Therefore we wondered whether these screening methods are evidence based according to the WHO criteria (box 1) for evaluating screening programs.17 Although these criteria where initially developed for the evaluation of screening programs concerning for example the early detection of breast malignancies or colon cancer we think they are applicable to other screening programs as well. Therefore, we searched the literature for evidence concerning the use of these trigger tools and chart review methods to identify AEs and subsequently improving patient outcome, using these WHO criteria.
Box 1: 7 criteria for evaluating screening programs:
For every criterion (Box 1) we performed a literature search in Pubmed, Embase and the Cochrane library. An overview of the search terms we used per WHO criterion is provided in table 1. We selected articles published between January 2000 and February 2016. Reviews were excluded as well as posters, comments, studies that did not concern a hospital setting and studies about adverse drug events.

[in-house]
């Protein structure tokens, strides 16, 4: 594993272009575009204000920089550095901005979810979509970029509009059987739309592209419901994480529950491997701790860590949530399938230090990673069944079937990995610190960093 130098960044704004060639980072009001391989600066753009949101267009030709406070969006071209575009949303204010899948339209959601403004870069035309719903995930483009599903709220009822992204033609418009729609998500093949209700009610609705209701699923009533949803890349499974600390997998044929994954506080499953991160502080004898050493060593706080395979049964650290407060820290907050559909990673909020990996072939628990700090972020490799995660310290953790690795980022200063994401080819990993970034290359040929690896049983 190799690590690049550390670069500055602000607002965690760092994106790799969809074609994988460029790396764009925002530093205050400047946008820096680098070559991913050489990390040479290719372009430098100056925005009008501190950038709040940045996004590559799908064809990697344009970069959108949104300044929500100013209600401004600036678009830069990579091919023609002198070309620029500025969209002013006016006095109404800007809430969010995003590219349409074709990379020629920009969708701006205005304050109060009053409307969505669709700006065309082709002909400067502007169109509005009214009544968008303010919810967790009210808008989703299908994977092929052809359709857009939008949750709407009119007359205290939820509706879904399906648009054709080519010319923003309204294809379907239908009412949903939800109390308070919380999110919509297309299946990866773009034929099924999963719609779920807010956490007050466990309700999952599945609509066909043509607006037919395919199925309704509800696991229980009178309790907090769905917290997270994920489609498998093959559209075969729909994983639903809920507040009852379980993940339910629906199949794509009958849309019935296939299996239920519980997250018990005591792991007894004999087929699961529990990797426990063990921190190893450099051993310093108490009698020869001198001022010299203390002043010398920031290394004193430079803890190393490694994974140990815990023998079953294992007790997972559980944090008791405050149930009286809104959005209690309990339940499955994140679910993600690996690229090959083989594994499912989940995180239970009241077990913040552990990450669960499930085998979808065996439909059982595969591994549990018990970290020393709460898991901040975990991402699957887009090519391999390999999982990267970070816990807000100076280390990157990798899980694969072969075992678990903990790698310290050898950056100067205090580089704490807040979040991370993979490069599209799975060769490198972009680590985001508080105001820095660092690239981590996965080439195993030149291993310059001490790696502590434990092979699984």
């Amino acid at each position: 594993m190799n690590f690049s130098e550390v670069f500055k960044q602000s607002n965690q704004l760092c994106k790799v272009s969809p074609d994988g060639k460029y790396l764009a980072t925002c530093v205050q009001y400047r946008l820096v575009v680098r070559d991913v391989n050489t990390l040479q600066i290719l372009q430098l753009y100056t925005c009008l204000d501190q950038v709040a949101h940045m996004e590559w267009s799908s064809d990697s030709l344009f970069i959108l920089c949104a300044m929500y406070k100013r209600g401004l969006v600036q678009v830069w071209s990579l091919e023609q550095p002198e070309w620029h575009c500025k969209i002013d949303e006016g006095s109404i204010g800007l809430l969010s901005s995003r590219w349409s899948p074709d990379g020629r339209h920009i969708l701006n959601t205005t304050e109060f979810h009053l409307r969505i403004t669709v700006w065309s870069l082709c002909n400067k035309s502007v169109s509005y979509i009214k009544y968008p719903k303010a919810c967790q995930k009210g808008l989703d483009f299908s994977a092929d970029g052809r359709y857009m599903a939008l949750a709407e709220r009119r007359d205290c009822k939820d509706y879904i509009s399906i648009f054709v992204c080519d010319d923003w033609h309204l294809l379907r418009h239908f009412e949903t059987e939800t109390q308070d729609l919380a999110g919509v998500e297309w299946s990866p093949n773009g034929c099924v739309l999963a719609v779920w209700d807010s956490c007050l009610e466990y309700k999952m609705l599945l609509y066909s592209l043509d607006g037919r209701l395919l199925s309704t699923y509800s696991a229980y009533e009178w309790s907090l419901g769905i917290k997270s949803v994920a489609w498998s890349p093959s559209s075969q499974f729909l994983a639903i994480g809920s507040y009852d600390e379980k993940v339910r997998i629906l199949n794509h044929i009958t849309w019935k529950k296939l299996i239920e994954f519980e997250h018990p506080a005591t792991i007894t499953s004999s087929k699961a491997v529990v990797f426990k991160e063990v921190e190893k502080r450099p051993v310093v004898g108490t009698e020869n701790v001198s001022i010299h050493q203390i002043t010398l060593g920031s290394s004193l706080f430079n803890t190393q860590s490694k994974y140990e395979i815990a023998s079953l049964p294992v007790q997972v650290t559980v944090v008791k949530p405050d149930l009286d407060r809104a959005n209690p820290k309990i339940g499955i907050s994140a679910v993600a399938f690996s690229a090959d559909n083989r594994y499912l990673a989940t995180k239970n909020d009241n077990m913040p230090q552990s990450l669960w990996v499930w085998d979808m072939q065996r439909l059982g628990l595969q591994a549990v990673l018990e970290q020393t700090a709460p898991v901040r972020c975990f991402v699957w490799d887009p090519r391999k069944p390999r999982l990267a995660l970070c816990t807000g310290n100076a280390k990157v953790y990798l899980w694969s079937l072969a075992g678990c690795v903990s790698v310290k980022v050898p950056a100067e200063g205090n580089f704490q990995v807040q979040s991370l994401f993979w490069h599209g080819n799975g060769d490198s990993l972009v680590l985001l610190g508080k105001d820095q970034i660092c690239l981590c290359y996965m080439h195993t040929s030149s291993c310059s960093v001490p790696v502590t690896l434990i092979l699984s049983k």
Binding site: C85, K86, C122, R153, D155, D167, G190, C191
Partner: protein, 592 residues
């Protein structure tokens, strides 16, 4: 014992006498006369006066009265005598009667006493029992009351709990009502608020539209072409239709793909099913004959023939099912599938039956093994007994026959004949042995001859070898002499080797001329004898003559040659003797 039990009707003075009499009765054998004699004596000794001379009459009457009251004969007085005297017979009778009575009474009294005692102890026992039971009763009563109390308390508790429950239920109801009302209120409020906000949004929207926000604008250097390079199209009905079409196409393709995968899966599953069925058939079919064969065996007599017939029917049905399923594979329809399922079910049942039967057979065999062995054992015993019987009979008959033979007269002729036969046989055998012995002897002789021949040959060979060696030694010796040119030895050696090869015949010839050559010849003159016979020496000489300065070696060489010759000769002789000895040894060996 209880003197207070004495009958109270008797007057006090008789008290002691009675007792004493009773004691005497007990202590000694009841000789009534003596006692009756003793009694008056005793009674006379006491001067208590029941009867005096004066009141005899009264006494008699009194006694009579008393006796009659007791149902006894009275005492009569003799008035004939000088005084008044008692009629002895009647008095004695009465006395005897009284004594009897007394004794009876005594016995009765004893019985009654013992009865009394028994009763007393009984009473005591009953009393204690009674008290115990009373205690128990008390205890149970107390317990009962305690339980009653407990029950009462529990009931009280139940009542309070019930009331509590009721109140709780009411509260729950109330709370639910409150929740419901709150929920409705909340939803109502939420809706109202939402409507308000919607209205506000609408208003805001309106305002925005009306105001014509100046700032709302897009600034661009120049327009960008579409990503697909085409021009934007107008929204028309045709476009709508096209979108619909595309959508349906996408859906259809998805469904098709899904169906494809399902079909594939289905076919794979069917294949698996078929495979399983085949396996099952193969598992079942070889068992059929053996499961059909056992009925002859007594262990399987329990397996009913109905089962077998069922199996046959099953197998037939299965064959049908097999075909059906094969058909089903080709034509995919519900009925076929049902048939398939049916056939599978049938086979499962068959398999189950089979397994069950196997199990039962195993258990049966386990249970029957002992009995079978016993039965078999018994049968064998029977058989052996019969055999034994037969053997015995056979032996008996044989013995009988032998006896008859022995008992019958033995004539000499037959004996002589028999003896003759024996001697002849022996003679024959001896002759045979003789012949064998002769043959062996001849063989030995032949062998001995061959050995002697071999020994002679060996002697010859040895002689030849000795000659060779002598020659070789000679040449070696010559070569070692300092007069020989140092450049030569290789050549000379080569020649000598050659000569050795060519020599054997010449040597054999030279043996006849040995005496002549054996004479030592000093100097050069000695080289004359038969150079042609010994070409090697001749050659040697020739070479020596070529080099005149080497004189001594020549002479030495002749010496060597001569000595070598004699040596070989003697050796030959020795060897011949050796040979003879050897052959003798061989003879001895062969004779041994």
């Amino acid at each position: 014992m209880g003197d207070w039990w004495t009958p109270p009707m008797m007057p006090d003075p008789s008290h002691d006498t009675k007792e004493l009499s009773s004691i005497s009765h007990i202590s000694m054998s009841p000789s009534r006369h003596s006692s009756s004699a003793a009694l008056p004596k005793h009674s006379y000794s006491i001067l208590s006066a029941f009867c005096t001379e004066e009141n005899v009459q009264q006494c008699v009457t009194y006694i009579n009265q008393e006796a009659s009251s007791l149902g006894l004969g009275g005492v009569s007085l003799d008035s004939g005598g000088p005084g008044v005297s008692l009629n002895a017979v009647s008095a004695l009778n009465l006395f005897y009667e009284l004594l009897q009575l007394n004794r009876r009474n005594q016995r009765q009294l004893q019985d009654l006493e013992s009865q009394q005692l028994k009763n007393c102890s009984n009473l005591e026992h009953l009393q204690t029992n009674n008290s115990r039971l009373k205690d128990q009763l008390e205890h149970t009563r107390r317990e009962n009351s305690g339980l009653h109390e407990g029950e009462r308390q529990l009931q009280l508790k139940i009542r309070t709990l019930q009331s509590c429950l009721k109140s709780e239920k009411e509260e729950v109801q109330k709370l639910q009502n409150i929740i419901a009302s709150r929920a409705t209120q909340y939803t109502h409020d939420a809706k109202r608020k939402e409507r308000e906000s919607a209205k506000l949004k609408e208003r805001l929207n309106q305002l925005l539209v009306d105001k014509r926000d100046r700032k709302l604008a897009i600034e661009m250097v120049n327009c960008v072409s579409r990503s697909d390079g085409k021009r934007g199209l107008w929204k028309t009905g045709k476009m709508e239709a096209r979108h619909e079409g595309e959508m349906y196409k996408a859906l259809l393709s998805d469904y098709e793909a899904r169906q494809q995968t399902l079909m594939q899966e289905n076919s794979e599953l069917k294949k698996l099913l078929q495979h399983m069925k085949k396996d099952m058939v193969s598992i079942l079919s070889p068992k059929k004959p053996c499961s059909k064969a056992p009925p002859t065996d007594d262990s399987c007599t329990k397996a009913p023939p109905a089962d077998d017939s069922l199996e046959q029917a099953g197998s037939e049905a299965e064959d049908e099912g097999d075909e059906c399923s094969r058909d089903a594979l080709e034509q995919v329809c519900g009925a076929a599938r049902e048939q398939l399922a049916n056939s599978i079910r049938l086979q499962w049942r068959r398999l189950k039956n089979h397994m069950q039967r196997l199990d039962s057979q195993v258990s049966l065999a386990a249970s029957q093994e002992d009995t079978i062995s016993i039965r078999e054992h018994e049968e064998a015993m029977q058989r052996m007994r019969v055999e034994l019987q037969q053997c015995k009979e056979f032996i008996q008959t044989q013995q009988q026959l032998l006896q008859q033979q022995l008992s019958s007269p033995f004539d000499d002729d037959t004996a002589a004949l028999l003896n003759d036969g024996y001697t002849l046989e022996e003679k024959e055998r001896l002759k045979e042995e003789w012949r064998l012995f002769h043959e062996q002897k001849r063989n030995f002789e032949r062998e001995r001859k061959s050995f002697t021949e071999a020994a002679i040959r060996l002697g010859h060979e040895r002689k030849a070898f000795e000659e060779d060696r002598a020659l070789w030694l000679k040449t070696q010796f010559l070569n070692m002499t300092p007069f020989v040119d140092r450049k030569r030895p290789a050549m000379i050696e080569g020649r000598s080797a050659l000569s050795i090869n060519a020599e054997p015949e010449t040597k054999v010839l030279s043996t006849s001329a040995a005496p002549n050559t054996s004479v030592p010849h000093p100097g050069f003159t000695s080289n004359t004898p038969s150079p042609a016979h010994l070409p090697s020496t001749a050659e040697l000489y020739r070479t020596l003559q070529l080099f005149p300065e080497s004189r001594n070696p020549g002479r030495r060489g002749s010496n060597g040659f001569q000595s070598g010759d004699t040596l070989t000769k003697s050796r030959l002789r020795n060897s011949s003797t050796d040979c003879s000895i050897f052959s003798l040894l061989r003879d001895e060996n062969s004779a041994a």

Abstracts were reviewed by DK. Full articles were assessed by DK and RR. The following data were extracted if provided by the authors: Absolute number of cases reviewed, number of (preventable) AEs, sensitivity, specificity, positive and negative predictive value (PPV and NPV), reproducibility of the methods used, severity of AEs as well as costs. These variables were expressed as a mean with confidence intervals (CIs) when possible. We report all results for each of the WHO steps separately. Costs were not corrected for inflation. Different currencies were transformed to euros to make comparison easier. The exchange rate from June 2016 was used.